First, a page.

New Forms and Rules Affect Commercial Real Estate

Co-Author: Richard Byron Peddie, Esq.

The Colorado Real Estate Commission has revised the Exclusive Right to Lease listing agreement (ERL). There are four new engagement forms for leasing. New Rule (E-40) regulates the preparation of market analyses by brokers. The Commission has also altered the Licensee Buy-Out Agreement, utilizing an addendum which can be attached to the standard buy-sell forms.

I.   ERL/ETC Forms

The new ERL forms avoid the pitfalls of the old ERL. One deficiency with the old ERL was that, unlike the sales-oriented forms, no provision was made for addressing the relationship between the broker and the principal. The sales-oriented forms explicitly establish the broker’s role either as agent or transaction broker. They also contain the legally-required legend notifying the seller of the variety of available brokerage relationships. In addition, the sales-oriented forms make the disclosures required by Colorado law. These disclosures address the duties and responsibilities of the broker. The agency forms also notify the client of potential vicarious liability for the acts of the broker-agent and subagents. They also address whether the broker may seek assistance from and offer compensation to subagents.The predecessor ERL contained none of the required language. This gave rise to various problems. The Commission has resolved these problems and has done so while retaining much of the simplicity of the old ERL. This will benefit commercial real estate brokers and owners.Tenant FormsThere are now two ERL forms: the “Exclusive Right-to-Lease Listing Contract” (Agency) [LC15-7-96] and the “Exclusive Right-to-Lease Listing Contract” (Transaction-Broker) [LC35-7-96].The Commission has also approved symmetrical forms designed for brokers representing tenants: theExclusive Tenant Contract (Tenant Agency) [ETC9-7-96] and the Exclusive Tenant Contract (Transaction-Broker) [ETC39-7-96]. The new tenant forms (“ETCs”) mirror the Exclusive Right to Buyengagement forms. Like the new ERLs, these forms address those aspects unique to leasing engagements.The new forms clearly identify the brokerage relationship. They contain, at the top of the first page, the required legend describing the various types of brokerage relationships. Each form contains the special language required by statute for each type of brokerage relationship. They list the duties and responsibilities of the broker. The agency forms also disclose the landlord’s or tenant’s potential for vicarious liability for the acts of the broker and/or the subagents.The agency forms (ETC and ERL) contain a section addressing whether the broker may make offers of subagency. The transaction-broker forms specify that the broker is not acting as the landlord’s or tenant’s agent.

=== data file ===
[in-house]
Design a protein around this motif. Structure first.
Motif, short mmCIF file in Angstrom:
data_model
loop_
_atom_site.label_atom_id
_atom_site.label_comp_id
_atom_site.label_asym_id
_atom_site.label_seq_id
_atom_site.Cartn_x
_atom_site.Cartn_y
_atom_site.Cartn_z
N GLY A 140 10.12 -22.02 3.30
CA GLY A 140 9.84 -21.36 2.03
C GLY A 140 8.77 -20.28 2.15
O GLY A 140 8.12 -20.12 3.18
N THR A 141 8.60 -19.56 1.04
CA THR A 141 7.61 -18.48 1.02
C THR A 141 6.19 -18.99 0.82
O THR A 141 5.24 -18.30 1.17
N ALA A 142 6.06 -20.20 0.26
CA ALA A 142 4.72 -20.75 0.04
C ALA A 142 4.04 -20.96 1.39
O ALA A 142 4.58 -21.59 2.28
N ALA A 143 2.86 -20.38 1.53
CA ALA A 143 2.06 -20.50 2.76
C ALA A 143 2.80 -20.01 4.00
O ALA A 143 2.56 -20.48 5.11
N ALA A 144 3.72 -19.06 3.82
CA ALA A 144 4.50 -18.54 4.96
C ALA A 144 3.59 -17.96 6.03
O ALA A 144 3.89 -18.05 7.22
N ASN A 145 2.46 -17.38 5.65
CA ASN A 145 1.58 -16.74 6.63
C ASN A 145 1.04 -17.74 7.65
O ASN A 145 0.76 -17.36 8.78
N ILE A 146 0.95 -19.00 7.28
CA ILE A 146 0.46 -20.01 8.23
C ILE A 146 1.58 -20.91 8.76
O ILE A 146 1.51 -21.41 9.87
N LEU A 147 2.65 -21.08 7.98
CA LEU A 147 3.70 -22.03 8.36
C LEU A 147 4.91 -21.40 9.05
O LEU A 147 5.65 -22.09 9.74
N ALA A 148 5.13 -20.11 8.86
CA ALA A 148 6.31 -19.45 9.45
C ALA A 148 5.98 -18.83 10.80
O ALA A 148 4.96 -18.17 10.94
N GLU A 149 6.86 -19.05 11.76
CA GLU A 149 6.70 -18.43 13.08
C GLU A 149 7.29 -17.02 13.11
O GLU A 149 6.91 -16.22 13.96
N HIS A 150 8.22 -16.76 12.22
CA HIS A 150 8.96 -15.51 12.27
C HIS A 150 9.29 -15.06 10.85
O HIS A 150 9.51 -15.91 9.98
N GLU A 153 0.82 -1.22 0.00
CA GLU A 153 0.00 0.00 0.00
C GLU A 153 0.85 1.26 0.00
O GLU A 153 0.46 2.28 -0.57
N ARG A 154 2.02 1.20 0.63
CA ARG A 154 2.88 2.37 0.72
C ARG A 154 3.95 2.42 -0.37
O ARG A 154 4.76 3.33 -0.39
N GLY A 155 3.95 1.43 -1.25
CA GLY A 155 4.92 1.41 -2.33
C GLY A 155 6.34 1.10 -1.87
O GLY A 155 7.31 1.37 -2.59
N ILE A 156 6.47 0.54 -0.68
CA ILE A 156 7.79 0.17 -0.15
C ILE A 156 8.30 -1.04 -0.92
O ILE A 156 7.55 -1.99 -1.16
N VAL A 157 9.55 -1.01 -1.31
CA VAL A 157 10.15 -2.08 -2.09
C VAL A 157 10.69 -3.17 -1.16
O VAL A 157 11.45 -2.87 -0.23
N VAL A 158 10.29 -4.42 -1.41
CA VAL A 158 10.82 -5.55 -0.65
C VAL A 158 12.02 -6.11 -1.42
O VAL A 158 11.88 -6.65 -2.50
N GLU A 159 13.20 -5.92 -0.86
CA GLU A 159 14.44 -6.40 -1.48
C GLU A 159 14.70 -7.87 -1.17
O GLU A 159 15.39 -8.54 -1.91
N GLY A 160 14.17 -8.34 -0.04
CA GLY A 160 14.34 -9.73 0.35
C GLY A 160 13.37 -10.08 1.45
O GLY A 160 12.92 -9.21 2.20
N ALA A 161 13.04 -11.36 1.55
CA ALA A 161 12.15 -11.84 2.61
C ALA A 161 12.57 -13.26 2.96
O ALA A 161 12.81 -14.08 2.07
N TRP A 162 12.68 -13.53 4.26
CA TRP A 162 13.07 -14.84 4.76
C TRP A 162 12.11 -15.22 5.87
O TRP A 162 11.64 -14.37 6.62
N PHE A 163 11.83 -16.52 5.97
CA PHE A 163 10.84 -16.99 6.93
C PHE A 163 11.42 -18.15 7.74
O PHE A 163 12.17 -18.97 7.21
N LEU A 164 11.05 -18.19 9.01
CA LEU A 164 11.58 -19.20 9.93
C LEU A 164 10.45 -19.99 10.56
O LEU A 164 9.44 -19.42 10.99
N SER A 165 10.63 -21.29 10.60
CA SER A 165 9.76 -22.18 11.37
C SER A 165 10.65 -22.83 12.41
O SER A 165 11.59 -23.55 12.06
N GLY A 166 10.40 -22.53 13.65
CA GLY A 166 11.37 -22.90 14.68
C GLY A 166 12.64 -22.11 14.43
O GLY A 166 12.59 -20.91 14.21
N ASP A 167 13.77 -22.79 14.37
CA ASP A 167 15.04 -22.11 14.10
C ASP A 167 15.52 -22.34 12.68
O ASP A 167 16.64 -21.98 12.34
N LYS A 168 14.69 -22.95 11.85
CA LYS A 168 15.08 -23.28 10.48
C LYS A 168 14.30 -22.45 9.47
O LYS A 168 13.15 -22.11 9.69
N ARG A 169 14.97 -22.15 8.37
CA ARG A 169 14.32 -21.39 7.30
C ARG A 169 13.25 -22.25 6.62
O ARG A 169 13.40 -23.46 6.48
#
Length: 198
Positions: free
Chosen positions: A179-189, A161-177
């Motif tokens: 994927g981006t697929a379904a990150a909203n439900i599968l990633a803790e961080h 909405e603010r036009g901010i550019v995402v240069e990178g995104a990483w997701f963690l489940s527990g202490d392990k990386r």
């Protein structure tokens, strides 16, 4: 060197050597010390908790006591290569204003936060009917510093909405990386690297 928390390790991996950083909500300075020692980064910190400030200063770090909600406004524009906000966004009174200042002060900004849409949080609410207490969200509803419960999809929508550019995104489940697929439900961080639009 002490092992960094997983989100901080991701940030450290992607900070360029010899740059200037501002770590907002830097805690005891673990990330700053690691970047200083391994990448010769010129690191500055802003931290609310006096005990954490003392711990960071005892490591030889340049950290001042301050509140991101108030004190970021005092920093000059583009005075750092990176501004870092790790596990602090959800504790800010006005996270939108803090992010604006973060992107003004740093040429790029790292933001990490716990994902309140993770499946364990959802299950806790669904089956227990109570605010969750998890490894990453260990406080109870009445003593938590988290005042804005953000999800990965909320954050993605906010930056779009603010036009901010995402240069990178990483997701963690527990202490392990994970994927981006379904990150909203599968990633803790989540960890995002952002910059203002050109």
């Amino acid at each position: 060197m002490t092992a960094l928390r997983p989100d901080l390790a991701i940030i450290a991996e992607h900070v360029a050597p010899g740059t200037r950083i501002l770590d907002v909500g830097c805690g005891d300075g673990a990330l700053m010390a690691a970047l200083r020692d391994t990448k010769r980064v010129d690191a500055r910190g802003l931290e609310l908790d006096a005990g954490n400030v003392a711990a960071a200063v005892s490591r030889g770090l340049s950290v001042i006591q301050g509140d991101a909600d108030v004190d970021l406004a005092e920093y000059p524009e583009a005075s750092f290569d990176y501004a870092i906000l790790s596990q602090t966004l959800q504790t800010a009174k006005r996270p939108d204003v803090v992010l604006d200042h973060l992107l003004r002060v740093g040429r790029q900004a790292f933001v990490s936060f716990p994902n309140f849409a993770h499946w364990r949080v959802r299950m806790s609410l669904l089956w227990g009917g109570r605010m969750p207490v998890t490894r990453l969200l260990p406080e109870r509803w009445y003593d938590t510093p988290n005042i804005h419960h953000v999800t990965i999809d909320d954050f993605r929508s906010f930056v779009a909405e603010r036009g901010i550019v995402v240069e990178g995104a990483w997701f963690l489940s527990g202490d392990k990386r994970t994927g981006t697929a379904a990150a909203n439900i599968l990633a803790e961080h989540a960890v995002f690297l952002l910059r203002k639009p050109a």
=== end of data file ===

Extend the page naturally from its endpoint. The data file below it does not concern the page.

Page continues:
In-Company Transactions